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Warning that we will have to tighten our green belt

18th October 2013 Nottingham Evening Post, Statpleford & Trowell Rural Action Group (STRAG) Tags: , 0 Comments

GREEN-BELT boundaries in Notts will have to be redrawn to make room for more than 30,000 new homes, a public inquiry has heard.

On the third day of the inquiry into three councils’ core strategies, green belt land was top of the agenda.Using Government guidelines, 30,550 new homes will have to be built in Nottingham city, Broxtowe and Gedling boroughs by 2028.

The proposed split is 17,150 in the city, 6,150 in Broxtowe and 7,250 in Gedling.Steffan Saunders, planning policy manager for Broxtowe Borough Council, said:

“Government guidance is as clear as crystal that green belt can be reviewed in a local plan.

“The exceptional circumstance is the need for more housing in the area. We are going to be required to make some amendments.”

Ken Mafham, an expert town planning consultant representing parish councils and action groups in Calverton and Stapleford, complained that Broxtowe council should pay more attention to sites that had a boundary with developed land.

He cited Woodhouse Way, near Nottingham Business Park, which has room for 300 houses.

“Woodhouse Way directly adjoins the business park and the council seems not to take it seriously as a site,” he said.

He claimed that a site in the village of Calverton and Field Farm, Stapleford, which has been earmarked for 450 houses, had been fast-tracked through the planning process instead.

“There’s no convincing justification for that,”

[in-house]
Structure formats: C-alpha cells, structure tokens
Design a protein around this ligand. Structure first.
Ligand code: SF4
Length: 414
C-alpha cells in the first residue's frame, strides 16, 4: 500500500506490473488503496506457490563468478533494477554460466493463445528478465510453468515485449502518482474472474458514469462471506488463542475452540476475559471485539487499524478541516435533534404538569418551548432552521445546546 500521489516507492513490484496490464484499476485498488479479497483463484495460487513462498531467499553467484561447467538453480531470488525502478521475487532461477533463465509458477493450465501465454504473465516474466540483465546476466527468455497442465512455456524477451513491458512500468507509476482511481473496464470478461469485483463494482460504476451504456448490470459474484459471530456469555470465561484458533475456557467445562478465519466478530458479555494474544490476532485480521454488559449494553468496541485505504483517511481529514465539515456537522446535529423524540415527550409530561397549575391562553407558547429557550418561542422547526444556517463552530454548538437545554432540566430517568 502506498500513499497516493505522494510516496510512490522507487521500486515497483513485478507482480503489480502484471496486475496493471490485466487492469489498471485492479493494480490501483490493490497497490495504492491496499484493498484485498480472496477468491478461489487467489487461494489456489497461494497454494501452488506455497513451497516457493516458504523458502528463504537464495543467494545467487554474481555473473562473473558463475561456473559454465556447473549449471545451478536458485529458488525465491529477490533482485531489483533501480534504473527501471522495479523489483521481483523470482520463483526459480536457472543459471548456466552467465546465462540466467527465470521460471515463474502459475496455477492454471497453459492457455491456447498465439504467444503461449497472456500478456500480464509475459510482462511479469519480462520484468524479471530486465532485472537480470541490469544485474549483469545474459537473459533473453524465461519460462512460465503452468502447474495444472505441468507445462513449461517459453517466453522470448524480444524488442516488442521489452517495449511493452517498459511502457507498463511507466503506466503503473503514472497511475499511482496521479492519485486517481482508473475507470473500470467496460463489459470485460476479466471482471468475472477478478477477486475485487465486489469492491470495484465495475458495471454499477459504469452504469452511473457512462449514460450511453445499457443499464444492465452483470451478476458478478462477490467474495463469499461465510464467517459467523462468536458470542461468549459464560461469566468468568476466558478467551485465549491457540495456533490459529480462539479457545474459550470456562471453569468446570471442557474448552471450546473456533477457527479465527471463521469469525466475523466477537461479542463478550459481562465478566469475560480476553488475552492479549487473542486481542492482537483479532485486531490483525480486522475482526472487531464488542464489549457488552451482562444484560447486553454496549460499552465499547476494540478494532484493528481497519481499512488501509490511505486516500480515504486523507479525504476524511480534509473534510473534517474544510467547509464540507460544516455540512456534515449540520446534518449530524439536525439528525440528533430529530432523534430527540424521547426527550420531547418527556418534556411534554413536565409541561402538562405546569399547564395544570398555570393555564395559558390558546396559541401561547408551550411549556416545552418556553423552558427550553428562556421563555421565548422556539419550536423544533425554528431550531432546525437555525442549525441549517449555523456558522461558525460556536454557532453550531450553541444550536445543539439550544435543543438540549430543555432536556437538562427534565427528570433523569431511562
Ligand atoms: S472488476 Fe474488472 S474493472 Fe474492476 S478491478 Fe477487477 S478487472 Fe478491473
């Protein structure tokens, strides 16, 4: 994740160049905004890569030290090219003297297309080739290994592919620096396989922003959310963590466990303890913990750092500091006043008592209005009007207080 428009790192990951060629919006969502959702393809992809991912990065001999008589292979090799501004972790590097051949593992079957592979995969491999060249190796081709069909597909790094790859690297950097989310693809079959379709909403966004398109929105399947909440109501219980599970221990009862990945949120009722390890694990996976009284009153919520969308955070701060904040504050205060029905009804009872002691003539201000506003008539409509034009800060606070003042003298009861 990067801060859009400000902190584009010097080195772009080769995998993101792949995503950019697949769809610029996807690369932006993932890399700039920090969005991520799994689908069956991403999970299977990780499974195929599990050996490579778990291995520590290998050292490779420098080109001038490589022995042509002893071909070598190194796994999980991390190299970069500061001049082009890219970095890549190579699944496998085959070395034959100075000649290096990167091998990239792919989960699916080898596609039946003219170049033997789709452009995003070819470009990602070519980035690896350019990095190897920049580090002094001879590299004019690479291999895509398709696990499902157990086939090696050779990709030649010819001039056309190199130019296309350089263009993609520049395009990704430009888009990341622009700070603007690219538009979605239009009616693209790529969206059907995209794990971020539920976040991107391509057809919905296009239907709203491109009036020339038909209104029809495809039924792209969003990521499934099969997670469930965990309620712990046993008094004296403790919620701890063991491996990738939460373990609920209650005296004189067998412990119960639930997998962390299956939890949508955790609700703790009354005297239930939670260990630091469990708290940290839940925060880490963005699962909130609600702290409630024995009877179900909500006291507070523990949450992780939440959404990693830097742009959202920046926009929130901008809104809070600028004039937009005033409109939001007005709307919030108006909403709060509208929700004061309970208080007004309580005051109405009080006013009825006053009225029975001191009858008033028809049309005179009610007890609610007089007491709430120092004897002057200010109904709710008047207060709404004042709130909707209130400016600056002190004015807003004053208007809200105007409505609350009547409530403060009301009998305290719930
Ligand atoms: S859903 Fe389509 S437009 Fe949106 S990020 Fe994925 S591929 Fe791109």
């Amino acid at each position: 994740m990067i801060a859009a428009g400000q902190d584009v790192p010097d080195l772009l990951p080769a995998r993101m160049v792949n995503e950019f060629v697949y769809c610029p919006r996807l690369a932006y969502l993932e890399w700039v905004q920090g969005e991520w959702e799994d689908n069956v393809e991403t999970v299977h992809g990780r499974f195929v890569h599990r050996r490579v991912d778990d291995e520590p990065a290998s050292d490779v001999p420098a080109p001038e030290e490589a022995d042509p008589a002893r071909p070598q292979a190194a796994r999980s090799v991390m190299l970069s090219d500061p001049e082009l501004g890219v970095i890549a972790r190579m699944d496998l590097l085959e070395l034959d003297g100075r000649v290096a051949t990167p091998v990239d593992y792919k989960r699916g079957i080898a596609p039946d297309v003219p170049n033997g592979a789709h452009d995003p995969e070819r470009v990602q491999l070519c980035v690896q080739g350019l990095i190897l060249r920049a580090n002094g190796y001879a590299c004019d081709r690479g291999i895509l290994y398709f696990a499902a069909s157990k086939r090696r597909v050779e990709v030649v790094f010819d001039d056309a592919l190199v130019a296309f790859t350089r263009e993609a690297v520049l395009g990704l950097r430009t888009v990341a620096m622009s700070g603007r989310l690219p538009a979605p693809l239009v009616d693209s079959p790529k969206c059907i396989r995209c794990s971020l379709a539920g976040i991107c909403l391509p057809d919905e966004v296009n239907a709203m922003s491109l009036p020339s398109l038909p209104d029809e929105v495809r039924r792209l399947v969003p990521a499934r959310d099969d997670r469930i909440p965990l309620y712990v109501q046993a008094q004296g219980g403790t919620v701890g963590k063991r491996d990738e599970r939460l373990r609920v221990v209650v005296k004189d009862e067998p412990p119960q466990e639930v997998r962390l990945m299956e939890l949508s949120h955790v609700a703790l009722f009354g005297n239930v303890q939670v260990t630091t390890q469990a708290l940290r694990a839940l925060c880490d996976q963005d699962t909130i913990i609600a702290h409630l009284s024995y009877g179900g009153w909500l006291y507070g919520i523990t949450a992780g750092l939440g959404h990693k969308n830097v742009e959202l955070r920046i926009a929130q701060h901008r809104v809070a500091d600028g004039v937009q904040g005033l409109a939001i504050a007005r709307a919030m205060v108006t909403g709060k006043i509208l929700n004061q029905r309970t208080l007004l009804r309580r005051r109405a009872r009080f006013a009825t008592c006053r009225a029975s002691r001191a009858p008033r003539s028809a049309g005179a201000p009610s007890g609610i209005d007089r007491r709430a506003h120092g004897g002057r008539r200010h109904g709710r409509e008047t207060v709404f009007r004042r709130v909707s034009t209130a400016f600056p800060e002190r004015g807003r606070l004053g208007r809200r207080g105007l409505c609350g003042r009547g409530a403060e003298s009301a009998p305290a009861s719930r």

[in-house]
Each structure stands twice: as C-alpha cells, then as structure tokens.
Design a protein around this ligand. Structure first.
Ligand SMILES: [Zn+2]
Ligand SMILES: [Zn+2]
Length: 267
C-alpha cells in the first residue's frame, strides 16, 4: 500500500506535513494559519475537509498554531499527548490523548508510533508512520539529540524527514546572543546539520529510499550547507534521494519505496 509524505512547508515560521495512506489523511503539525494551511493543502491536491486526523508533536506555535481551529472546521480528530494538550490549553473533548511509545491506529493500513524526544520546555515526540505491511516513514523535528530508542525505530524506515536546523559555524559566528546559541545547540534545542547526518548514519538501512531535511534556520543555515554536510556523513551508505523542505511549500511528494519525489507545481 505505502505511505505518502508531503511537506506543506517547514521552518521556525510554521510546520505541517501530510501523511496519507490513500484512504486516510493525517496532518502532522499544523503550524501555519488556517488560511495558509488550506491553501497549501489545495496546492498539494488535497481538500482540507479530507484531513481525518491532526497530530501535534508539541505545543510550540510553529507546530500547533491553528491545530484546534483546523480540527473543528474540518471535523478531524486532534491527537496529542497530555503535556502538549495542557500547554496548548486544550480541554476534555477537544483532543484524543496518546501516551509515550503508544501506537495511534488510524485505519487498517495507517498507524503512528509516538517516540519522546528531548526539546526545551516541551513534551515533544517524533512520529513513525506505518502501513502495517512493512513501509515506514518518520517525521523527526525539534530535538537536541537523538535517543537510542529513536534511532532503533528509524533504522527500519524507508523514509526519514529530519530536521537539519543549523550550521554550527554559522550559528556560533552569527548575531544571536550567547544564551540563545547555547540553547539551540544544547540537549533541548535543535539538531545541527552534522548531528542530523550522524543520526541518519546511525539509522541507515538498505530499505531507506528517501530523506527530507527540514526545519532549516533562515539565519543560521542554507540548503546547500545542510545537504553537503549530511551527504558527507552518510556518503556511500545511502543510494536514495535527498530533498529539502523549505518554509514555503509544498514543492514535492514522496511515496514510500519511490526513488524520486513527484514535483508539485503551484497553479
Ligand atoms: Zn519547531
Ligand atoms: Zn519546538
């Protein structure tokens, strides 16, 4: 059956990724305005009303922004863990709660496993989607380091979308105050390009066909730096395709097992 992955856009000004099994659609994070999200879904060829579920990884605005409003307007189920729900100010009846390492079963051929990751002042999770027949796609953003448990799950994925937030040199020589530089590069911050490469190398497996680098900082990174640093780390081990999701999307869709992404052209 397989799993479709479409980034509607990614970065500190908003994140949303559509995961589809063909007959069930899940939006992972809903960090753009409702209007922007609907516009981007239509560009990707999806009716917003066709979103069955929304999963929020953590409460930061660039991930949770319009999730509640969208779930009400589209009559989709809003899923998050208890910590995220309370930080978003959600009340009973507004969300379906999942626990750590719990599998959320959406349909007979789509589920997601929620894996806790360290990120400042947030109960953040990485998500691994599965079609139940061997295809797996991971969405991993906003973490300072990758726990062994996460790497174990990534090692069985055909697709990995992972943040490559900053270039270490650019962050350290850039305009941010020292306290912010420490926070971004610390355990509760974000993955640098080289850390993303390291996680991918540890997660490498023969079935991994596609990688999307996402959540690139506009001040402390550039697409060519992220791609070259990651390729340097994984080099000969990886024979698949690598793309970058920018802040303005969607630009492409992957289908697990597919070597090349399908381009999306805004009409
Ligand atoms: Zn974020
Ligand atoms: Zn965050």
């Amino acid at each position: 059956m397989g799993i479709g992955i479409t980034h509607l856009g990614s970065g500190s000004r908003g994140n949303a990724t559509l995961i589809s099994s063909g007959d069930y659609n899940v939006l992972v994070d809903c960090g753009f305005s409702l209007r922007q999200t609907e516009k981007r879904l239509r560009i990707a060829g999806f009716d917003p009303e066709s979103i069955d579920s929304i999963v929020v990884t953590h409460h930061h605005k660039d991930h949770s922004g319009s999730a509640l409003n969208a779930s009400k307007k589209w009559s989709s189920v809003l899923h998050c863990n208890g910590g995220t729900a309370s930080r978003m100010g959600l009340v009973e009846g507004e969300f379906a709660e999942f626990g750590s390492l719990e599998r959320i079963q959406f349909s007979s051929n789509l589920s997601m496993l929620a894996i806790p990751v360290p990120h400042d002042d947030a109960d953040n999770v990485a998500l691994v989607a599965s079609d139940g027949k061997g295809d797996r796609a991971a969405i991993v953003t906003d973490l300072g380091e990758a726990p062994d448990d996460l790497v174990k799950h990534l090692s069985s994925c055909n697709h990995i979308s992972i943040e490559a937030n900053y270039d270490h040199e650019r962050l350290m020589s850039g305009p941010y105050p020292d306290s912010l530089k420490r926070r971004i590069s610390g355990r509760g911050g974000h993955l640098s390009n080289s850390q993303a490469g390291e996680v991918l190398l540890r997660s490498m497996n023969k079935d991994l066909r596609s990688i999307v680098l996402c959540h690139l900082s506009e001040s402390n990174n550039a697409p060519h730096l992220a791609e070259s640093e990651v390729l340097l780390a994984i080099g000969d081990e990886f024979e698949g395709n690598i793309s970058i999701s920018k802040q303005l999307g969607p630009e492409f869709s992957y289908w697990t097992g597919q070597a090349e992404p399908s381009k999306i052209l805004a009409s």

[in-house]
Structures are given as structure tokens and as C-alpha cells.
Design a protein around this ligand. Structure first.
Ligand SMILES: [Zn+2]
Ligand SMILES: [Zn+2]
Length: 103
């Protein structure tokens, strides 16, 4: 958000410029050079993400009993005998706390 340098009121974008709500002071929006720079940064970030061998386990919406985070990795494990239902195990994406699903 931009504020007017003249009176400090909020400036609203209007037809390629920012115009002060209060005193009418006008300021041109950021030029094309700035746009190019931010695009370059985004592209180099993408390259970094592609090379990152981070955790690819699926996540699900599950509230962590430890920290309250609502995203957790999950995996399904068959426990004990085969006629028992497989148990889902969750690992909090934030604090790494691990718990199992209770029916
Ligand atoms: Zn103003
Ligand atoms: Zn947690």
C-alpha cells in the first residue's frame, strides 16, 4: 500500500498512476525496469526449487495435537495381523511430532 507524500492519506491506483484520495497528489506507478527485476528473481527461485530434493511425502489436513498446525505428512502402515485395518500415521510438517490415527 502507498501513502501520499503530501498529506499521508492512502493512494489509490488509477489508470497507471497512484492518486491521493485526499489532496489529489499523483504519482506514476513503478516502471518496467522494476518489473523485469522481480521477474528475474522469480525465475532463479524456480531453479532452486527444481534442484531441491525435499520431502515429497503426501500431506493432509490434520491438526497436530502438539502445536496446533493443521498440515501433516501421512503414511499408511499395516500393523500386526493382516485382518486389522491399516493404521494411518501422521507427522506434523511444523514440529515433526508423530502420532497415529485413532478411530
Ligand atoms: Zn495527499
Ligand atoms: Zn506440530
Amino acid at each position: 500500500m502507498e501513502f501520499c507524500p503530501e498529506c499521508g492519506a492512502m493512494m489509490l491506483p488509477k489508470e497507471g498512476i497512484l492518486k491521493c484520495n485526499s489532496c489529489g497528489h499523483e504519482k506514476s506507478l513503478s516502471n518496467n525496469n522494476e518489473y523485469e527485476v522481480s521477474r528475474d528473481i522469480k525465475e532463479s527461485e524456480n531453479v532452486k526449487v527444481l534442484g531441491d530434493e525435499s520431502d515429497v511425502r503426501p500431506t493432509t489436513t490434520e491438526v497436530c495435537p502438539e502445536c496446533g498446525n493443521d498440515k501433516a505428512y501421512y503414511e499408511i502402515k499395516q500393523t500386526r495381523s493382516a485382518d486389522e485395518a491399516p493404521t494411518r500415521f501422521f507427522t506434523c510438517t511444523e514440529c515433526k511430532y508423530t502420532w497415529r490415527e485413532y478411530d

he said, adding that he felt councils had different strategies that resulted in different decisions.He said:

“If Field Farm was in Gedling, it would be considered too small because it’s less than 500 homes.”

The inquiry – chaired by Government inspector Jill Kingaby – also heard arguments about the basis on which councils made decisions.

John Steedman, on behalf of MF Strawson Ltd, a land management business, said local authorities were using a 2006 review of the green belt to allocate land for development but this was too old.

“The study just does not reflect the issues as they now arise,”

he said.

“It cannot be relied on as the very basis for site allocation.”

He added that the A60 corridor around Mansfield Road could be used to help fill the housing quota.

But Mr Saunders argued that the report was a useful tool in helping decide the best places for the new houses.

“We are in a good position to take judgments using the report,” he said.

Meanwhile, Nottingham City Council claims it has exhausted all the green belt sites in its boundaries.

“The city is the hole in the doughnut,” said planning officer Matt Gregory.

“There’s very little green-belt land but very few brownfield opportunities. I don’t believe the city council can accommodate more housing than is proposed.”

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  1. john longdon 8 years Reply

    Fields farm and bessell lane farm (called toton) are food production centres and their has been no assessment on the effects of nations independent food supply as many more food production centres are being removed permanently i am of the opinion we again entering the realms of danger as regards our independent food supply.

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